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HDM-4 Road User Effects

HDM-4 Road User Effects. Road User Effects. RUE Research. Most models in use draw on HDM-III No major RUE studies since HDM-III Several studies addressed HDM-III calibration or investigated single components - e.g. fuel. Key Changes to HDM-III. Unlimited number of representative vehicles

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HDM-4 Road User Effects

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  1. HDM-4 Road User Effects

  2. Road User Effects

  3. RUE Research • Most models in use draw on HDM-III • No major RUE studies since HDM-III • Several studies addressed HDM-III calibration or investigated single components - e.g. fuel

  4. Key Changes to HDM-III • Unlimited number of representative vehicles • Reduced maintenance and repair costs • Changes to utilization and service life modeling • Changes to capital, overhead and crew costs • New fuel consumption model • New oil consumption model • Changes to speed prediction model • Use of mechanistic tire model for all vehicles

  5. New Features in HDM-4 • Effects of traffic congestion on speed, fuel, tires and maintenance costs • Non-motorized transport modeling • Traffic safety impact • Vehicle emissions impact

  6. Motorcycle Small Car Medium Car Large Car Light Delivery Vehicle Light Goods Vehicle Four Wheel Drive Light Truck Medium Truck Heavy Truck Articulated Truck Mini-bus Light Bus Bicycles Rickshaw Animal Cart Pedestrian Representative Vehicles Motorized Traffic Non-Motorized Traffic • Medium Bus • Heavy Bus • Coach

  7. Road User Costs Components • Fuel • Lubricant oil • Tire wear • Crew time • Maintenance labor • Maintenance parts • Depreciation • Interest • Overheads • Passenger time • Cargo holding time Vehicle Operating Costs Time Costs Accidents Costs

  8. Vehicle Speed and Physical Quantities Roadway and Vehicle Characteristics Vehicle Speed Unit Costs Physical Quantities Road User Costs

  9. Physical Quantities Component Quantities per Vehicle-km Fuel liters Lubricant oil liters Tire wear # of equivalent new tires Crew time hours Passenger time hours Cargo holding time hours Maintenance labor hours Maintenance parts % of new vehicle price Depreciation % of new vehicle price Interest % of new vehicle price

  10. Free-Flow Speeds Model • VDRIVEu and VDRIVEd = uphill and downhill velocities limited by gradient and used driving power • VBRAKEu and VBRAKEd = uphill and downhill velocities limited by gradient and used braking power • VCURVE = velocity limited by curvature • VROUGH = velocity limited by roughness • VDESIR = desired velocity under ideal conditions Free speeds are calculated using a mechanistic/behavioral model and are a minimum of the following constraining velocities.

  11. Free-Flow Speeds Model EXP( ^2/2)Vu = --------------------------------------------------------- 1 1/ 1 1/ 1 1/ 1 1/ 1 1/ (------) +(------) +(------) +(------) +(------) VDRIVEu VBRAKEu VCURVE VROUGH VDESIR EXP( ^2/2) Vd = --------------------------------------------------------- 1 1/ 1 1/ 1 1/ 1 1/ 1 1/ (------) +(------) +(------) +(------) +(------) VDRIVEd VBRAKEd VCURVE VROUGH VDESIR V = 2 / ( 1/Vu + 1/Vd ) Vu = Free-flow speed uphill Vd = Free-flow speed downhill V = Free-flow speed both directions = Sigma Weibull parameter = Beta Weibull parameter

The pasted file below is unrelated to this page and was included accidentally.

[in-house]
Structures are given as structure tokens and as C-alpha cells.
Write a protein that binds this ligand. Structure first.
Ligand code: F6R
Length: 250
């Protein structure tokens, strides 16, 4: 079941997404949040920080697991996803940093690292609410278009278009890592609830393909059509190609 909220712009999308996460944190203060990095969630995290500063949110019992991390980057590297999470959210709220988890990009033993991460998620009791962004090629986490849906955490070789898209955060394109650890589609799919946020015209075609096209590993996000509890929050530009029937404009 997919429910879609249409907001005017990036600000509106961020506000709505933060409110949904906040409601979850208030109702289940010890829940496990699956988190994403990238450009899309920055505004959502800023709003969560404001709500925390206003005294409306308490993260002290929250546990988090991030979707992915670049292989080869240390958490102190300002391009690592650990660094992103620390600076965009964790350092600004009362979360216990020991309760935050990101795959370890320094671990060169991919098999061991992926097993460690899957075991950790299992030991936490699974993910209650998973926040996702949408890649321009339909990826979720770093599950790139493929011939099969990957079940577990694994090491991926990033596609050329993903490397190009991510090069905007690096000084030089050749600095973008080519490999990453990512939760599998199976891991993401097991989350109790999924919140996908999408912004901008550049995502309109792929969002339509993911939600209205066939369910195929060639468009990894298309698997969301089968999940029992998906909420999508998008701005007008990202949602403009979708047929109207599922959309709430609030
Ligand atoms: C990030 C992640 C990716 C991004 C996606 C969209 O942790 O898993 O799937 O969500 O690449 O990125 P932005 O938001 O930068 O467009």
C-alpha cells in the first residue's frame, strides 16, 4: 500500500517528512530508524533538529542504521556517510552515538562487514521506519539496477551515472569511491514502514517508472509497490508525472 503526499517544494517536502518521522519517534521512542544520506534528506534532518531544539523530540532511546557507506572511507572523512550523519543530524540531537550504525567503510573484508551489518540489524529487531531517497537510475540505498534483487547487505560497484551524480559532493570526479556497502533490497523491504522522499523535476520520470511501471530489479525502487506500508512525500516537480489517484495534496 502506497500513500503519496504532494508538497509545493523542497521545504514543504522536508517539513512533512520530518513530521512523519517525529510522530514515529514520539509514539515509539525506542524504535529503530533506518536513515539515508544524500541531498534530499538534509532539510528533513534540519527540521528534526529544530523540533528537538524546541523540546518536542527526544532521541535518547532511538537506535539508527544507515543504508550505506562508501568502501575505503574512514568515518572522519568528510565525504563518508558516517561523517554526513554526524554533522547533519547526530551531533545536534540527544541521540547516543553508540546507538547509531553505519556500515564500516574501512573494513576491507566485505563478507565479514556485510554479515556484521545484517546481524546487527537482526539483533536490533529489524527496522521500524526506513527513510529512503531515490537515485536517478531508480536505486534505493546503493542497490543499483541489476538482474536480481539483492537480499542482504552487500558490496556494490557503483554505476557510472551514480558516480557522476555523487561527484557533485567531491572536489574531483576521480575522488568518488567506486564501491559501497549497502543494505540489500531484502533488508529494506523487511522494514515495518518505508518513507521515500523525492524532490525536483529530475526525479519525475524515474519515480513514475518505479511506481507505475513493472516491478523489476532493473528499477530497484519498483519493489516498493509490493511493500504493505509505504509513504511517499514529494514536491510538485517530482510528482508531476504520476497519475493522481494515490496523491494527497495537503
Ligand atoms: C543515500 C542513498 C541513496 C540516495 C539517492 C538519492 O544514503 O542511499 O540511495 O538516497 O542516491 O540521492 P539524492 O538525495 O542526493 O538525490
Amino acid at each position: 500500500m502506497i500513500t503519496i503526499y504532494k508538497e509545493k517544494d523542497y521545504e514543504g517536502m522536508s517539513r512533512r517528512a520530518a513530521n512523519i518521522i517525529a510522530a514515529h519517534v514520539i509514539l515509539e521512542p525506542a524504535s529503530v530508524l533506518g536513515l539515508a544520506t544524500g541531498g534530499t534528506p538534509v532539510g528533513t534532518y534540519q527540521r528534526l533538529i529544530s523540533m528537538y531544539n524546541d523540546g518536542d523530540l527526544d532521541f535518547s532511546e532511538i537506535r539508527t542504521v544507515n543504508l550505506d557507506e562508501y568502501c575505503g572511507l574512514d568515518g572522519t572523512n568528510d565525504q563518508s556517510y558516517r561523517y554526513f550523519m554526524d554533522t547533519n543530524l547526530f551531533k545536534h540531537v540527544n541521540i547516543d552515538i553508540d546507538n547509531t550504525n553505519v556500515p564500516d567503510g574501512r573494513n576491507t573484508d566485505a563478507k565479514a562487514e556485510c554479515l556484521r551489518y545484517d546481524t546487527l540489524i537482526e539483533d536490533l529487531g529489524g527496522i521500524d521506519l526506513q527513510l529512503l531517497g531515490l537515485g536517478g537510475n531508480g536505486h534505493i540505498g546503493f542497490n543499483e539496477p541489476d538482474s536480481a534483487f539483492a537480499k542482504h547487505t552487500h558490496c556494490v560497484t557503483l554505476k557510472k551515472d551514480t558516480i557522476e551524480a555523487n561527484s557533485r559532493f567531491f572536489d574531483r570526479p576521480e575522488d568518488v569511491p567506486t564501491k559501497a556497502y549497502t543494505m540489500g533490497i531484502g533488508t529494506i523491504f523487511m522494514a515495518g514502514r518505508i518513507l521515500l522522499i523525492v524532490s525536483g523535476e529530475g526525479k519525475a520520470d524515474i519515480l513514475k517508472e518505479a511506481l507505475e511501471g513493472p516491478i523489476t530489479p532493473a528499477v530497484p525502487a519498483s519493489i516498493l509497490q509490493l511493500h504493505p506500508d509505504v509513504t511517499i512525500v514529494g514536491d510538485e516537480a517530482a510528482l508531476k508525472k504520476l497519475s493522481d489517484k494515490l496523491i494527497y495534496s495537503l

12. Free-flow Speed and Roughness VBRAKE VCURVE VROUGH VDRIVE VDESIR Speed Curvature = 25 degrees/kmGradient = - 3.5 %

  13. Free-flow Speed and Gradient VCURVE VBRAKE VROUGH VDRIVE VDESIR Speed Roughness = 3 IRI m/kmCurvature = 25 degrees/km

  14. Free-flow Speed and Curvature VBRAKE VCURVE VROUGH VDRIVE VDESIR Speed Roughness = 3 IRI m/kmGradient = - 3.5 %

  15. VDRIVE DriveForce Grade Resistance Air Resistance Rolling Resistance - Driving power- Operating weight- Gradient- Density of air- Aerodynamic drag coef.- Projected frontal area- Tire type- Number of wheels - Roughness- Texture depth- % time driven on snowcovered roads- % time driven on watercovered roads

  16. For uphill travel, VBRAKE is infinite. For downhill travel, VBRAKE is dependent upon lengthof gradient. Once the gradient length exceeds a critical value,the brakes are used to retard the speed. - Braking power- Operating weight- Gradient- Density of air- Aerodynamic drag coef.- Projected frontal area- Tyre type- Number of wheels - Roughness- Texture depth- % time driven on snowcovered roads- % time driven on watercovered roads- Number of rise and fallper kilometers

  17. VCURVE VCURVE is calculated as a function of the radius ofcurvature. VCURVE = a0 * R ^ a1 R = Radius of curvature R = 180,000/(*max(18/ ,C)) C = Horizontal curvature a0 and a1 = Regression parameters

  18. VROUGH VROUGH is calculated as a function of roughness. VROUGH = ARVMAX/(a0 * RI) RI = Roughness ARVMAX = Maximum average rectified velocitya0 = Regression coefficient

  19. VDESIR VDESIR is calculated as a function of road width, roadsidefriction, non-motorized traffic friction, posted speed limit, and speed enforcement factor. VDESIR = min (VDESIR0, PLIMIT*ENFAC)PLIMIT = Posted speed limit ENFAC = Speed enforcement factor VDESIR0 = Desired speed in the absence of posted speedlimitVDESIR0 = VDES * XFRI * XNMT * VDESMUL XFRI, XNMT = Roadside and NMT factors VDESMUL = Multiplication factor VDES = Base desired speed